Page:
Design Engineers - Dumb Enough to Try, Smart Enough to Pull it Off

By my own standard, I have been a successful engineer. My standard is relatively modest; I wanted to make my living by designing machines. Honestly that is all that I ever wanted from my career. I did have some bonus points along the way. I was successful enough that I was trusted with taking the lead on designs, and have had the opportunity to become a manager.

As a manager, I am in the position where I hire new engineers both directly out of college and with work experience. As a hiring manager I need to determine what I am looking for in an engineer. I spent a lot of time thinking about this, going over resumes, interviewing, and reviewing my notes from interviews. What was I looking for? What made me successful and the engineers I respected successful? What I figured out was that we were dumb enough to try and smart enough to pull it off. Designing something is hard, really, really hard. If I am honest I should just go become a bartender. Actually that is my plan when I retire. I have always wanted to be a bartender. I think it is because for some bizarre reason my dad let me watch Cheers as a kid. I always wanted to be Sam Malone.

Objectively speaking, the path from new concept to completed product is full of missing requirements, promising design schemes that turn out to not work, design compromises that seem reasonable at the time but come back to bite you, failed tests, hard lessons, assumptions that turn out to be wrong and a lot of early mornings and late nights. Not even the most seasoned design engineer sees these hurdles at the beginning. The engineer sees a shiny new problem, just waiting to be solved. If I were smarter, I would have found a different line of work. But I am not, and I fall for it every single time and dive head first into a new design.

But, and this ‘but’ is so big Sir Mix-a-Lot would approve, one cannot simply be dumb enough to try. The real world is brutal and does not care how hard an engineer tried. The flaws in the design will be exposed. Even the best designs have flaws that are exposed and must be corrected. Bad designs will never work because of the flaws. Sometimes the sheer quantity of flaws is too much for the design to survive and sometimes a flaw will be so great the only way to fix it is to start over. This is where the engineer needs to be smart enough to pull off the design.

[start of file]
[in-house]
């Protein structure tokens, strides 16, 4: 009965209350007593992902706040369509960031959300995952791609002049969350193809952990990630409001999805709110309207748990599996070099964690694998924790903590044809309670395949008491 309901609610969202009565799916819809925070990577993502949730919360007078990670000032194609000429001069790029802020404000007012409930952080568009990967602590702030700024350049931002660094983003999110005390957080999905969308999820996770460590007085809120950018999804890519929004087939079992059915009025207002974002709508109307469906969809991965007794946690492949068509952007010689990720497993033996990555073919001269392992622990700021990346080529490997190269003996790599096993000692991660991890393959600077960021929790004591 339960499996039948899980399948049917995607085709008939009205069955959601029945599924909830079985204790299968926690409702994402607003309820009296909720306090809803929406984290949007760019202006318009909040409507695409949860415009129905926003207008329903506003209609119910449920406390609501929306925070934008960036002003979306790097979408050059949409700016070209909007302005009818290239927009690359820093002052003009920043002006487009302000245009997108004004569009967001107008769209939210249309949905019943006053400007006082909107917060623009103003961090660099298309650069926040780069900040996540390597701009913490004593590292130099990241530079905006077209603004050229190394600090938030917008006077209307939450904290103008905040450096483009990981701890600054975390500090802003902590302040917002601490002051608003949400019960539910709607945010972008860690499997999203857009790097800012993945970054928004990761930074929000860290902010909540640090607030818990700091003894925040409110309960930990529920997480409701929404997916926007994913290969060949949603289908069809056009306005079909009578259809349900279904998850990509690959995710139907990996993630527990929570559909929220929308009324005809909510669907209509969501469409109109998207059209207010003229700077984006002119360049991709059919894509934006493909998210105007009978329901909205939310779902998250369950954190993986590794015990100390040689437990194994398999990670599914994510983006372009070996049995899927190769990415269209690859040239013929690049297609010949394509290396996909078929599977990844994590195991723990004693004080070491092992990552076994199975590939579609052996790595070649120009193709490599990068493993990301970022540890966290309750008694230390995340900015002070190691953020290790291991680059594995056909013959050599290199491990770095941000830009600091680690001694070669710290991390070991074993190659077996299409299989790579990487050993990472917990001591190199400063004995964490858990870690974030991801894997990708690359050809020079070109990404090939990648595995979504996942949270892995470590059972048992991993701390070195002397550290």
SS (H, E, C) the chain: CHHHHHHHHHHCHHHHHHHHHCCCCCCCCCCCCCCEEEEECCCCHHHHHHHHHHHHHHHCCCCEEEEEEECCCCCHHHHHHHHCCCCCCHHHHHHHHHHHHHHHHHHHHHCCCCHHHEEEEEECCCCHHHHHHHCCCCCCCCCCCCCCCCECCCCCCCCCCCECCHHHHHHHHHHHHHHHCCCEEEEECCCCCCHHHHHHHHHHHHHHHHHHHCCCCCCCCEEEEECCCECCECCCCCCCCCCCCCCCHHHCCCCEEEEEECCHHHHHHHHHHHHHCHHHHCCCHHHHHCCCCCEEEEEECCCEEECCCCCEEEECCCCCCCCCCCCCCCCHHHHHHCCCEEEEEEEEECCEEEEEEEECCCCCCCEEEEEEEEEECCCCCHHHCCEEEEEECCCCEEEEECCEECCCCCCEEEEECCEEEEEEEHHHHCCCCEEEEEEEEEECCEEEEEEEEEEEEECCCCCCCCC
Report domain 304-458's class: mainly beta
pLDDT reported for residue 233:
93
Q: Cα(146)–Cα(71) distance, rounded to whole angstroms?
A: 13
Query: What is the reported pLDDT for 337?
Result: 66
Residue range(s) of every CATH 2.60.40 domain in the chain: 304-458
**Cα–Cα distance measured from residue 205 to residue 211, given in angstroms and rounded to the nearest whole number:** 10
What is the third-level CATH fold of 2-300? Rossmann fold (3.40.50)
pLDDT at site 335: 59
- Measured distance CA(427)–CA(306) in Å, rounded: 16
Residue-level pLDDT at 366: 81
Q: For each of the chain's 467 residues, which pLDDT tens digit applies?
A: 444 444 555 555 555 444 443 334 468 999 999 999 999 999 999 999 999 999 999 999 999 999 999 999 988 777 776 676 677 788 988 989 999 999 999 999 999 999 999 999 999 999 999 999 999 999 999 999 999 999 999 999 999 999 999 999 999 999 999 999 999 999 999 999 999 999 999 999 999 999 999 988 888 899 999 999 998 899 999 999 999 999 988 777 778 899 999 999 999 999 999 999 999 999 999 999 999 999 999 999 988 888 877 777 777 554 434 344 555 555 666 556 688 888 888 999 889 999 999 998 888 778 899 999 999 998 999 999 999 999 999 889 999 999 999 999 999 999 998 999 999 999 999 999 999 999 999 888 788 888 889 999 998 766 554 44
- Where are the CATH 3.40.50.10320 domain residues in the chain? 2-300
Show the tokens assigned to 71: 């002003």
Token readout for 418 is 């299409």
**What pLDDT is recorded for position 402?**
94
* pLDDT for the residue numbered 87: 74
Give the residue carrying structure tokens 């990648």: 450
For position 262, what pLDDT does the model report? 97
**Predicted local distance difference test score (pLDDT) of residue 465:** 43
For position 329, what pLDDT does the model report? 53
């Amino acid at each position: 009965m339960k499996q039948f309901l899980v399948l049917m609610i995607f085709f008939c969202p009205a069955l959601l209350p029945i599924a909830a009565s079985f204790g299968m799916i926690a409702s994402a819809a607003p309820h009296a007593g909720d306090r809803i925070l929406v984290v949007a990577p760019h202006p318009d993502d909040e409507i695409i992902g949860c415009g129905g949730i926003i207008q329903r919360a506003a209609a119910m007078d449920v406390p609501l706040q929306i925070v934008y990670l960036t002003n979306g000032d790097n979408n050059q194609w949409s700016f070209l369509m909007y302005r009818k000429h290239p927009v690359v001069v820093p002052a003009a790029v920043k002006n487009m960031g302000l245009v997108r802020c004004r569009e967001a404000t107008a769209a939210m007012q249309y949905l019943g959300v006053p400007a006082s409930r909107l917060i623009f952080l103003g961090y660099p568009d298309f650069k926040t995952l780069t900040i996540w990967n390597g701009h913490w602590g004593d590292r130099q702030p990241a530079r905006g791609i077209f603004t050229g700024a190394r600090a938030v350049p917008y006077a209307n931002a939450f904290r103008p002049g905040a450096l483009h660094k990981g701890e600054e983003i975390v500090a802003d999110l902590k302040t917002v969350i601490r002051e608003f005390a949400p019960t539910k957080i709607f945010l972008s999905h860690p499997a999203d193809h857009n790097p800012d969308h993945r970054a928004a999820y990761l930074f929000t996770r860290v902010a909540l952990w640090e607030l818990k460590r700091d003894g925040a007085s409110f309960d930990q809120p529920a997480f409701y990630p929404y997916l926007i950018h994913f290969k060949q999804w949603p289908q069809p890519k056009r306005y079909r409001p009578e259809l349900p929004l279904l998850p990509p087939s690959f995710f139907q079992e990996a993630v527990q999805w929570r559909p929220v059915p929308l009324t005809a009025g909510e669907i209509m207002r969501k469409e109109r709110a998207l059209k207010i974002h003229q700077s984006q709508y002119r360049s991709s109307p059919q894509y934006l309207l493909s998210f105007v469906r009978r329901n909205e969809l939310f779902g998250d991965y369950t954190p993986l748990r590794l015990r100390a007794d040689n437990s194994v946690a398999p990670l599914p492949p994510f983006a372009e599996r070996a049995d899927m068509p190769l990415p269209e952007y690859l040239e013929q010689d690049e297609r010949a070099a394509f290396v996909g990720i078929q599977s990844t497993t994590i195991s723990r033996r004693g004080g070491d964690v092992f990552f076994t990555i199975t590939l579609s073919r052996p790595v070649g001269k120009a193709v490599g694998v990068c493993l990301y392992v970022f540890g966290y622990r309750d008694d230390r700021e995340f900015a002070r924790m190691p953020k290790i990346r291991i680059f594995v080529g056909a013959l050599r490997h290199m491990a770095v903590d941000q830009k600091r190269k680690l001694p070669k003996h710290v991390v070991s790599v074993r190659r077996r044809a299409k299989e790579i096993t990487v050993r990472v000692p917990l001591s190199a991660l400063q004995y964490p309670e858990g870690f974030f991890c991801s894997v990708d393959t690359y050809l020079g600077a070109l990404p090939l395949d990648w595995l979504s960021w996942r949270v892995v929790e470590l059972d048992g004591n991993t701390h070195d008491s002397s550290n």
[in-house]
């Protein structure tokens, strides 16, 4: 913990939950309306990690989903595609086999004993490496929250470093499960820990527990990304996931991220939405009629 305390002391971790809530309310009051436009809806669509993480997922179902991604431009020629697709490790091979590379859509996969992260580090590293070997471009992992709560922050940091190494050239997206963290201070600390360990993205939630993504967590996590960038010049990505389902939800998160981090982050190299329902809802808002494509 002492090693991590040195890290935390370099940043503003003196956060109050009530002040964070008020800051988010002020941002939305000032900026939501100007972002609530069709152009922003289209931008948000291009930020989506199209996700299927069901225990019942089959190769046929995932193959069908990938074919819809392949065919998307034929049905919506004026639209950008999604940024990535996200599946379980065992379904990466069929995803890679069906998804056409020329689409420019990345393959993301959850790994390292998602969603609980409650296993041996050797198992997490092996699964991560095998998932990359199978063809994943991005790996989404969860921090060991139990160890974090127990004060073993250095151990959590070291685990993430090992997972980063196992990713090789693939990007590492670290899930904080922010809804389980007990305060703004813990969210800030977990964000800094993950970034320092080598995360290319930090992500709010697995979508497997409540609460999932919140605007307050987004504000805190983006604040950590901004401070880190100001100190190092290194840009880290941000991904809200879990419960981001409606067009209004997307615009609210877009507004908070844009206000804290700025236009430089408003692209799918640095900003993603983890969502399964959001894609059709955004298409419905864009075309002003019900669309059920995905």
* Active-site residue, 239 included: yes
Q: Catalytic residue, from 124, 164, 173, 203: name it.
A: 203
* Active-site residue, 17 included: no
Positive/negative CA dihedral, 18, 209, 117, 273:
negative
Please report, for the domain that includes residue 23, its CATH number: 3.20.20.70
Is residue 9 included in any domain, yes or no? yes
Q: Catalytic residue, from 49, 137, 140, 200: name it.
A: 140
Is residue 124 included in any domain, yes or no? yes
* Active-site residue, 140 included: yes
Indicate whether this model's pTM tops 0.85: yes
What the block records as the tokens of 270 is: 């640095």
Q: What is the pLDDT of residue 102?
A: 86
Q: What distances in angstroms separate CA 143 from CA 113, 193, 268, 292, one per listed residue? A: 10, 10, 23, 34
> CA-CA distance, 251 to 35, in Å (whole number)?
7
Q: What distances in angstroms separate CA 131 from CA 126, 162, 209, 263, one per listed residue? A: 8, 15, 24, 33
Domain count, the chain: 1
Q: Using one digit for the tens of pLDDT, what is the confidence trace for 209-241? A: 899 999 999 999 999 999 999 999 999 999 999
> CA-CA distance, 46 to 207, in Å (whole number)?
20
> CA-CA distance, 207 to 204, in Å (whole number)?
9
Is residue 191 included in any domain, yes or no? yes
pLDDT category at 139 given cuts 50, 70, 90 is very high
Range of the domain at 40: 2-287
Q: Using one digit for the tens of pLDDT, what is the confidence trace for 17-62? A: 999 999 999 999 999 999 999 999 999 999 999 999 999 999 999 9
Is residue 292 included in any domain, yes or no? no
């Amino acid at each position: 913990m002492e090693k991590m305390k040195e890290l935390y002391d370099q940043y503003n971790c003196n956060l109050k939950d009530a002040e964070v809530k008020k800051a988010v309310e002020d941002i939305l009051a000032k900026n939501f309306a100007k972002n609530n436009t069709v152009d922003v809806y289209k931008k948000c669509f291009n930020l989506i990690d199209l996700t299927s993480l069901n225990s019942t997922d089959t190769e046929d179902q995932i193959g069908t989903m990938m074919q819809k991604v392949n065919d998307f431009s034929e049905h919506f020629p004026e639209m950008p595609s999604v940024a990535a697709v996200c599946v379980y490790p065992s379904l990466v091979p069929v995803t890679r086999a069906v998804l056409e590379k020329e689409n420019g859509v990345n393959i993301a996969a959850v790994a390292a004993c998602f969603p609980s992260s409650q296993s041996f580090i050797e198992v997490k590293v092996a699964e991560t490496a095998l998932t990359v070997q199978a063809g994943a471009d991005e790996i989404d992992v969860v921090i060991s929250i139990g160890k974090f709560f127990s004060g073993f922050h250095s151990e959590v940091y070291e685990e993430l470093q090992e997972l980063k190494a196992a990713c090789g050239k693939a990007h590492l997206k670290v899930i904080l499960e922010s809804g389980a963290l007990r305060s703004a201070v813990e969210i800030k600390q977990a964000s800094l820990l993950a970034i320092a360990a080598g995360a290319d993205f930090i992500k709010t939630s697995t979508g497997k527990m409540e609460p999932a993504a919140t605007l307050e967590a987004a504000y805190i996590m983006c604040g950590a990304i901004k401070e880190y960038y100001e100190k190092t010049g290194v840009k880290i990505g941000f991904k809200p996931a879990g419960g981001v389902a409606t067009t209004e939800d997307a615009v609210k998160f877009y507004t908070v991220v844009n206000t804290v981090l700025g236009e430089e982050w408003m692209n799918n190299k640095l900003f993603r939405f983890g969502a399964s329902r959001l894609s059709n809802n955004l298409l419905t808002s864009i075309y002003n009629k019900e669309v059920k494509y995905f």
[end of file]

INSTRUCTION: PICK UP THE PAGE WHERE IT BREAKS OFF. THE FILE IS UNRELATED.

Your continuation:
For the non-engineer it might be concerning reading about the failed tests, hard lessons, and bad assumptions. Creating a successful design is more about understanding the problem. We typically learn more from a failed test than we do a successful test. The successful engineer is the one smart enough to learn and apply the lessons from each setback. The engineer will not look at the test as a pass or fail, but will follow up and track down exactly why a test failed. Pass or fail is not helpful terminology for an engineer. I think the best terminology is helpful or unhelpful. A test where nothing breaks is somewhat helpful, but a test when something breaks is the most helpful. When studied properly, the broken parts are the key to understanding very complex systems more fully and reveal secrets to systems that a ‘successful’ test never will. Of course, I am excluding tests that are set up incorrectly and break due to conditions the design will not experience. Those are unhelpful tests.

In modern engineering the testing takes place in both digital and real world. Finite Element Analysis (FEA) is a method engineers have developed to create digital copies of designs and test them without having to build real prototypes. In a week I could run FEA’s, that if I attempted to do in real world testing would cost millions of dollars and take years to complete. But how did we get the information required to create FEA, we ran a lot of real world tests and compiled the data in such a way that it could be used for all sorts of designs.

Then there is the small matter of time and money. If you haven’t picked up on it yet, engineers love testing. We could go on testing and learning until the end of time. There isn’t a company that has ever or will ever exist that has enough money to pay for all the testing engineers would want to do. Additionally, products do need to go to market. It isn’t always about being first to market, but that is important as well. The engineer is given a fixed budget of both time and money which requires him to be smart enough to pick the right tests that are going to tell him enough so that he can complete a safe, effective product.

There is a great middle ground of intelligence required to engineer a product. The engineer must be dumb enough to forget the late nights, ‘failed’ tests, and frustration, but smart enough to learn, adapt, choose the right tests and make the right trade offs. We aren’t the smartest people out there, but we are the ones that get it done.